McClelland Human Motivation Theory
In the early 1940s, Abraham Maslow created his theory of needs. This identified the basic needs that human beings have, in order of their importance – physiological needs; safety needs; and the needs for belonging, self-esteem and "self-actualization".
Then, in the early 1960s, David McClelland built on this work by identifying three motivators that we all have. According to McClelland, these motivators are learned (which is why this theory is sometimes called the Learned Needs Theory).
McClelland says that, regardless of our gender, culture, or age, we all have three motivating drivers, and one of these will be our dominant motivating driver. This dominant motivator is largely dependent on our culture and life experiences. The three motivators are achievement, affiliation, and power. People will have different characteristics depending on their dominant motivator. These characteristics are as follows •
The need for achievement
The need for power and
The need for affiliation
The importance of each of these needs will vary from one person to another. If you can determine the importance of each of these needs to an individual, it will help you decide how to influence that individual. McClelland asserted that a person’s needs are influenced by their cultural background and life experiences. He also asserted that the majority of these needs can be classified as the needs for affiliation, achievement or power. A person’s motivation and effectiveness can be increased through an environment, which provides them with their ideal mix of each of the three needs The need for affiliation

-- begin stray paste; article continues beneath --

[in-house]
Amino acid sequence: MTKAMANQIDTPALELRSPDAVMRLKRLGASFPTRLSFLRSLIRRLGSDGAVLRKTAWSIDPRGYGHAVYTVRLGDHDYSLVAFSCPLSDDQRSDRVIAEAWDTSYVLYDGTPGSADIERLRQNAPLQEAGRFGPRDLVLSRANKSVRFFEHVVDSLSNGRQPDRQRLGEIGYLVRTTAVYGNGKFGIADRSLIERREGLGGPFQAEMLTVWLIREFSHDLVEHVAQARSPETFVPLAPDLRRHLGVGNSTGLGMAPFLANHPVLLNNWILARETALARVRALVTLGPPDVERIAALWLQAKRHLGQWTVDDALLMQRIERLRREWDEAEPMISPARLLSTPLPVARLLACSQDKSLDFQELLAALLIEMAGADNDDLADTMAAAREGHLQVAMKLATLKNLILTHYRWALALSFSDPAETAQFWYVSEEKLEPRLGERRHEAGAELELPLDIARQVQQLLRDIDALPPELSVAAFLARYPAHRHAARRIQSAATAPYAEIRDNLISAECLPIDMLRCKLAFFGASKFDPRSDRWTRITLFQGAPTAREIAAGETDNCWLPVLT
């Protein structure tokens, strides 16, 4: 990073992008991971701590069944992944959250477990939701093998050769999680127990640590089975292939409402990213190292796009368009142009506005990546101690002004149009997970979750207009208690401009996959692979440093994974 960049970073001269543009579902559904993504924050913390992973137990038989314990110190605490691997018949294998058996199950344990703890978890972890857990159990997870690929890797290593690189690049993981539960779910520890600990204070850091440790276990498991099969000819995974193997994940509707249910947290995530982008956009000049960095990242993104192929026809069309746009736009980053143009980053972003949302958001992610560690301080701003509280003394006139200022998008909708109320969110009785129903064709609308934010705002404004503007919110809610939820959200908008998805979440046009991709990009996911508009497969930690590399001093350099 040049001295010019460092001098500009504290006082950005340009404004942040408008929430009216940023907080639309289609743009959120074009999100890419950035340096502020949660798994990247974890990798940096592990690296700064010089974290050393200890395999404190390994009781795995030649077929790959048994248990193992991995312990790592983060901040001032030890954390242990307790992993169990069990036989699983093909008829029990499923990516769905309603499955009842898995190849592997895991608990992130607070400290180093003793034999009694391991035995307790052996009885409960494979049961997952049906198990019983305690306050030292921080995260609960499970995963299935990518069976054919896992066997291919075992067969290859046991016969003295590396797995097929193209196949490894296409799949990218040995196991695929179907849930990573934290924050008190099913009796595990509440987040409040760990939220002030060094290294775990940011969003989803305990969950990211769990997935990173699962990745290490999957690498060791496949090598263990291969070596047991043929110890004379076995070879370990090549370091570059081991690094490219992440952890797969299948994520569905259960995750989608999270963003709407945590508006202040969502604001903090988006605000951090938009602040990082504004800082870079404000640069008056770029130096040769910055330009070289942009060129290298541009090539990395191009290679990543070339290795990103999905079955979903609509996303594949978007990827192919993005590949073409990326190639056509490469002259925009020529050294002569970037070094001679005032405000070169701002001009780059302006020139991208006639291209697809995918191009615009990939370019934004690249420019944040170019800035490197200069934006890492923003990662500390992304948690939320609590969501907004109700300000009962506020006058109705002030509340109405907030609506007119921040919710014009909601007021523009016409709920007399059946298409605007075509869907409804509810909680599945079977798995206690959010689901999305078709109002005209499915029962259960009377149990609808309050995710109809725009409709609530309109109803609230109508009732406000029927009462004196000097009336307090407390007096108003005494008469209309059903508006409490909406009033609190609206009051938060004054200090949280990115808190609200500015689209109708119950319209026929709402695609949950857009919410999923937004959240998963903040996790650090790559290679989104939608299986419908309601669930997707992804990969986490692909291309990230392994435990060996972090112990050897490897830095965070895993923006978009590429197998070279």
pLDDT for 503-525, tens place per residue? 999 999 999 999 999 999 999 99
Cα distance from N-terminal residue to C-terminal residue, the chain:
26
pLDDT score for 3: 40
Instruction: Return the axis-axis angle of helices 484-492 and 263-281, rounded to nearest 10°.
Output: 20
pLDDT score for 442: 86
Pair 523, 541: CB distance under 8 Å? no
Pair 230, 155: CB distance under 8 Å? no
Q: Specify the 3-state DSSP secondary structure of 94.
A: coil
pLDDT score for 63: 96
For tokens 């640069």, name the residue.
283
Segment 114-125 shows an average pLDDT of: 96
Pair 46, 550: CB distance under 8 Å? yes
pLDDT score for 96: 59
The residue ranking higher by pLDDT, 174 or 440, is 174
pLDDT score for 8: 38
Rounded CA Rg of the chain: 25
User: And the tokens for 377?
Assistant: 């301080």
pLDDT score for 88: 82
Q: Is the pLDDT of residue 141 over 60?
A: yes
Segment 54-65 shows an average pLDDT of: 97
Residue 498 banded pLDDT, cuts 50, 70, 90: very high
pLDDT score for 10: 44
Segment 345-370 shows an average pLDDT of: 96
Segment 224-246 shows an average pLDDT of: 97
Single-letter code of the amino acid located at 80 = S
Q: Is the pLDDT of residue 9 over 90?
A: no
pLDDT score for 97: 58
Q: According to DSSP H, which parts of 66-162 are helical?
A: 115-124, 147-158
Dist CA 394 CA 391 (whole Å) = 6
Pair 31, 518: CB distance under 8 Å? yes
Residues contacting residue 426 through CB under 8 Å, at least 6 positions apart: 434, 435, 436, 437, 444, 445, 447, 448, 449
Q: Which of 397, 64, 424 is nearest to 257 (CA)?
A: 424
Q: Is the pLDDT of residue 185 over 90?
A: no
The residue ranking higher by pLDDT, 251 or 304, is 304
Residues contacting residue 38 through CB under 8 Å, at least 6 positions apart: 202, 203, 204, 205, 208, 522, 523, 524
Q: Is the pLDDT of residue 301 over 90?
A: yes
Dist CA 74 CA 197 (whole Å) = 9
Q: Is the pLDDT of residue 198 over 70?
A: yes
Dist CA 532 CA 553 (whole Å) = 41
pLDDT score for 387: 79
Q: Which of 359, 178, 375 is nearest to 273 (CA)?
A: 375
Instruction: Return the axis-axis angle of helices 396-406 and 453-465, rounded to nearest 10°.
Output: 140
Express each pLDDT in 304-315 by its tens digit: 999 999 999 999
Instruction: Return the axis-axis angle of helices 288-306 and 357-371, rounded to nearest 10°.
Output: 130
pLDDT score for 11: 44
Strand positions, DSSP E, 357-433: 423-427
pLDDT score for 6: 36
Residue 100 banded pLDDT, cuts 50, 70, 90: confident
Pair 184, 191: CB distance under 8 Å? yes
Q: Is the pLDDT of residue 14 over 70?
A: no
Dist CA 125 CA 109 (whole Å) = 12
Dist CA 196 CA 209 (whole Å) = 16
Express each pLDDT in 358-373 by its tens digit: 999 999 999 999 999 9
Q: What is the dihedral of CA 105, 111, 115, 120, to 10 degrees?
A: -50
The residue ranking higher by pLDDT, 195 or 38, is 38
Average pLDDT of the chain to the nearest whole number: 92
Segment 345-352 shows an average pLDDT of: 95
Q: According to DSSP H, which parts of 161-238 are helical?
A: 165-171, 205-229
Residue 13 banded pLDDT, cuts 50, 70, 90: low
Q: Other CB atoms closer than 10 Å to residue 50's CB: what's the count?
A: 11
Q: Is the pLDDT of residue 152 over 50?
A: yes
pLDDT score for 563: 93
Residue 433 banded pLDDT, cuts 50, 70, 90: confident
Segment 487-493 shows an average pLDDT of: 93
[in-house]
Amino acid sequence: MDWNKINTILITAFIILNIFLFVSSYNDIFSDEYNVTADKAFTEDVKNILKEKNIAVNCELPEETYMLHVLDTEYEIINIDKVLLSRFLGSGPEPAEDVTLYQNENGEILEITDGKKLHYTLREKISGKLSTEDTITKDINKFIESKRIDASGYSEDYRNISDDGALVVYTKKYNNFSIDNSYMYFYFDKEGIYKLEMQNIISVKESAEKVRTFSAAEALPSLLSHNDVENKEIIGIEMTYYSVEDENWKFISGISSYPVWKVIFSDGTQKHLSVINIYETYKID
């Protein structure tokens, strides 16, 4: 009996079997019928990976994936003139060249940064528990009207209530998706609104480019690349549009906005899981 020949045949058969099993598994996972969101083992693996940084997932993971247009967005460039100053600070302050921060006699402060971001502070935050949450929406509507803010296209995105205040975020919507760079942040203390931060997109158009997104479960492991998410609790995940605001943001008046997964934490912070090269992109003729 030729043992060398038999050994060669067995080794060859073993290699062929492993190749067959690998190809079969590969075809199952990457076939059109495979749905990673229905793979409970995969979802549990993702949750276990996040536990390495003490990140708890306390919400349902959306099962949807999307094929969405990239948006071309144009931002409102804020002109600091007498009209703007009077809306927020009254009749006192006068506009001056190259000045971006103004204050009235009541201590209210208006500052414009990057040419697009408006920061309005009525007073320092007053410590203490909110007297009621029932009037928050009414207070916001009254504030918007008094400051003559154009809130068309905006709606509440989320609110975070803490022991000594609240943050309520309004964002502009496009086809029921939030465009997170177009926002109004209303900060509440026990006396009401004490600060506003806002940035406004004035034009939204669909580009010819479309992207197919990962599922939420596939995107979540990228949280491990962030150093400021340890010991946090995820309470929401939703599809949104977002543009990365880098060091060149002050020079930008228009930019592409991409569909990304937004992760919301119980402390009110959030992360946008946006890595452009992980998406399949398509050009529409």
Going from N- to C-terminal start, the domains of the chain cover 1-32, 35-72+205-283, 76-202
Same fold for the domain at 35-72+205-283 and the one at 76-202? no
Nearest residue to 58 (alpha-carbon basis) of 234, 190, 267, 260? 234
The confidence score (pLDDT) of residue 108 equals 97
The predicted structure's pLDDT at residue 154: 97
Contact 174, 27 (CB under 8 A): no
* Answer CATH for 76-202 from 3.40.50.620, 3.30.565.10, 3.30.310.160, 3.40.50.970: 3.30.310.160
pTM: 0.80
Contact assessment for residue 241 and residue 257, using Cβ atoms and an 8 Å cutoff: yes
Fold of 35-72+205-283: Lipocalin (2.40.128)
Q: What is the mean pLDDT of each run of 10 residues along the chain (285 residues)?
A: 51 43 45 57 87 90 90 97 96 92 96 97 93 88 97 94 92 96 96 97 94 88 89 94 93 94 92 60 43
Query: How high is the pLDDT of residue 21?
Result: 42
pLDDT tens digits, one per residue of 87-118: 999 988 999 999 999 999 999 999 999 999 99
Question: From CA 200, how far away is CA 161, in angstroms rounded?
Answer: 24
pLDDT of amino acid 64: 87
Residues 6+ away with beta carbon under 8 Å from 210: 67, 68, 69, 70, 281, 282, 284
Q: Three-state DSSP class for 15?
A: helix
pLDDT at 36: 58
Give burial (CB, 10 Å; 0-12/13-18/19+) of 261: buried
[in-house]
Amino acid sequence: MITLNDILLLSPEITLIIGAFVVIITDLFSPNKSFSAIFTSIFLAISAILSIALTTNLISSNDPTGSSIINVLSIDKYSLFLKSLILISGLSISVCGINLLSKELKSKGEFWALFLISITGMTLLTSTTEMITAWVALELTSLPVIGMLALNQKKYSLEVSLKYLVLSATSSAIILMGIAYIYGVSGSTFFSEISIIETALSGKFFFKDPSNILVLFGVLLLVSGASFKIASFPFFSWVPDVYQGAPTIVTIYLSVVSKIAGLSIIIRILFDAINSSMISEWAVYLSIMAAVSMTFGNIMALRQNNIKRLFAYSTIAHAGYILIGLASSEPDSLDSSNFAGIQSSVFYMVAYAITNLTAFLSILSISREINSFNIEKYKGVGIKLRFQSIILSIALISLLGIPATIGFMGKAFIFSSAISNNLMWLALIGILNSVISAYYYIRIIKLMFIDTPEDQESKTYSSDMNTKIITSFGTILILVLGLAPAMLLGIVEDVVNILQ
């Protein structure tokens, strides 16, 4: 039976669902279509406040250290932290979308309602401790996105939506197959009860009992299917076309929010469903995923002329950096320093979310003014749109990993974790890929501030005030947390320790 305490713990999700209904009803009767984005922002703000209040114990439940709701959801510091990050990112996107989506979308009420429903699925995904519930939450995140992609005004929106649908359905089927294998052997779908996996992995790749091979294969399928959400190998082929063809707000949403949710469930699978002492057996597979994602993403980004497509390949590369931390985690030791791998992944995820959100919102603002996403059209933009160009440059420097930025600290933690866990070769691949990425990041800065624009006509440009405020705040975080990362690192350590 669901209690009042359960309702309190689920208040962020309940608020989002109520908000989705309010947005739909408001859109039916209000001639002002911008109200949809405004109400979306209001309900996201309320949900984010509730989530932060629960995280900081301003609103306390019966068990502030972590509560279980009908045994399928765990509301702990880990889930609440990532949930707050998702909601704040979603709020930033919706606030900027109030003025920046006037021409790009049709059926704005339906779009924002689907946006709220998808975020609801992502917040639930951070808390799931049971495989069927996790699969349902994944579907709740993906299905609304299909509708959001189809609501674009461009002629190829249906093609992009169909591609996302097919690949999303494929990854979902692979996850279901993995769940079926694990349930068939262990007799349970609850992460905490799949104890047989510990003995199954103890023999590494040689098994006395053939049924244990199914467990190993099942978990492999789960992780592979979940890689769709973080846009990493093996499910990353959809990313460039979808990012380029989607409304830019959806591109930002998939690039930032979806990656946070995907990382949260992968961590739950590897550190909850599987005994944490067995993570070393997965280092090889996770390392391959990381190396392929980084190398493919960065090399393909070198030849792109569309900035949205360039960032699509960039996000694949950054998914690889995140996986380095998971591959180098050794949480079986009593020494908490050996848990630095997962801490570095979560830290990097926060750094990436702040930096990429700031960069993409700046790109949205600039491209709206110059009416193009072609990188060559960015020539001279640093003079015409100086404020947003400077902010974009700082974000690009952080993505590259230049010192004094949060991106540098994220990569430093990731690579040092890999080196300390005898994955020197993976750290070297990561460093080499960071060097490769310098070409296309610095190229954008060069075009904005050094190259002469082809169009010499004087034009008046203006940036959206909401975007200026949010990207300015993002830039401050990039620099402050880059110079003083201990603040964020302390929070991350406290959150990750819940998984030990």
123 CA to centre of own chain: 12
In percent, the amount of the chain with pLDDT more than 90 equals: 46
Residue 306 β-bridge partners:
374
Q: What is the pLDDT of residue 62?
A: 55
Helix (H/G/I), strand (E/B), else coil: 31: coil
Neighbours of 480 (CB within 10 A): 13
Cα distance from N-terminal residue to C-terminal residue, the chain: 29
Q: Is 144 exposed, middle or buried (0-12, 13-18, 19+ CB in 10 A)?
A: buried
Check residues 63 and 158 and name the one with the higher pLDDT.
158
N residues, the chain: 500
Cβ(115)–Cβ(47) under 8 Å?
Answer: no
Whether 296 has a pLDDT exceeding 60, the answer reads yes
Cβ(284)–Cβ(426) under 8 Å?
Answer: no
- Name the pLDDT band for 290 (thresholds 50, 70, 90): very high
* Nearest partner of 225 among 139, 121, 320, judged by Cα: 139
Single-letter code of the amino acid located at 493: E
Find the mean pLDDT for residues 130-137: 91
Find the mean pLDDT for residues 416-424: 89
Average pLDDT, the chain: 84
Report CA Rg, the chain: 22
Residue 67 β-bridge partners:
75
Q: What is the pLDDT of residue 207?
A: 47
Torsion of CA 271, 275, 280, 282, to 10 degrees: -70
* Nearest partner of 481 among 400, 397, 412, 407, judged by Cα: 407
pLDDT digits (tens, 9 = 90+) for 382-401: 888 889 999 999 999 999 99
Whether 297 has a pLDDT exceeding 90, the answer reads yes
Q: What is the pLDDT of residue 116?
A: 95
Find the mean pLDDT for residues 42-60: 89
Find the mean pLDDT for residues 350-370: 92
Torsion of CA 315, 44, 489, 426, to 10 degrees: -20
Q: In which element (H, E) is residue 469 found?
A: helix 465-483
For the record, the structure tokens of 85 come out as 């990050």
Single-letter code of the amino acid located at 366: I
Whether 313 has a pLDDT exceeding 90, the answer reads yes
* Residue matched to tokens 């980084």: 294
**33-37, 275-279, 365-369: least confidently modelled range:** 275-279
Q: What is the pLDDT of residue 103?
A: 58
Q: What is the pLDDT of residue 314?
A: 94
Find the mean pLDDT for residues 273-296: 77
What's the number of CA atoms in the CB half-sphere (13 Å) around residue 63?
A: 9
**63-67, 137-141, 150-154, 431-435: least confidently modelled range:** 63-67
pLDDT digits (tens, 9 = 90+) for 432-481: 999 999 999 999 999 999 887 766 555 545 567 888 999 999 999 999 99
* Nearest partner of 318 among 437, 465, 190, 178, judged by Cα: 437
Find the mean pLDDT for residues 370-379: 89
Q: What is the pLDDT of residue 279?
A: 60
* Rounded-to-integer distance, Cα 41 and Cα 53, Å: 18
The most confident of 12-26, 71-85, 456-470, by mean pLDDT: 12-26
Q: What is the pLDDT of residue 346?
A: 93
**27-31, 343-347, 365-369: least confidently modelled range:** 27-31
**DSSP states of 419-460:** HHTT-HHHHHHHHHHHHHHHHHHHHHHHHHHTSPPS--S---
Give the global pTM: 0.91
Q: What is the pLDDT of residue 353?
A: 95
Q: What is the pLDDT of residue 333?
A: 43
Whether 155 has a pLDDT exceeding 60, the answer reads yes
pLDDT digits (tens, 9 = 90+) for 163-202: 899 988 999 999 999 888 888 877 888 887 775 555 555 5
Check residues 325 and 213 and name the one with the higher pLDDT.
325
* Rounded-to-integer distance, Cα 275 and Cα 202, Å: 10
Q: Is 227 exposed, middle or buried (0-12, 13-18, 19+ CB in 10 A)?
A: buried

This is the need for friendly relationships and human interaction. There is a need “to feel liked” and “accepted” by others. A person with a high need for affiliation is likely to be a team player and thrive in a customer services environment. They will perform best in a co-operative environment. McClelland said that a strong need for...
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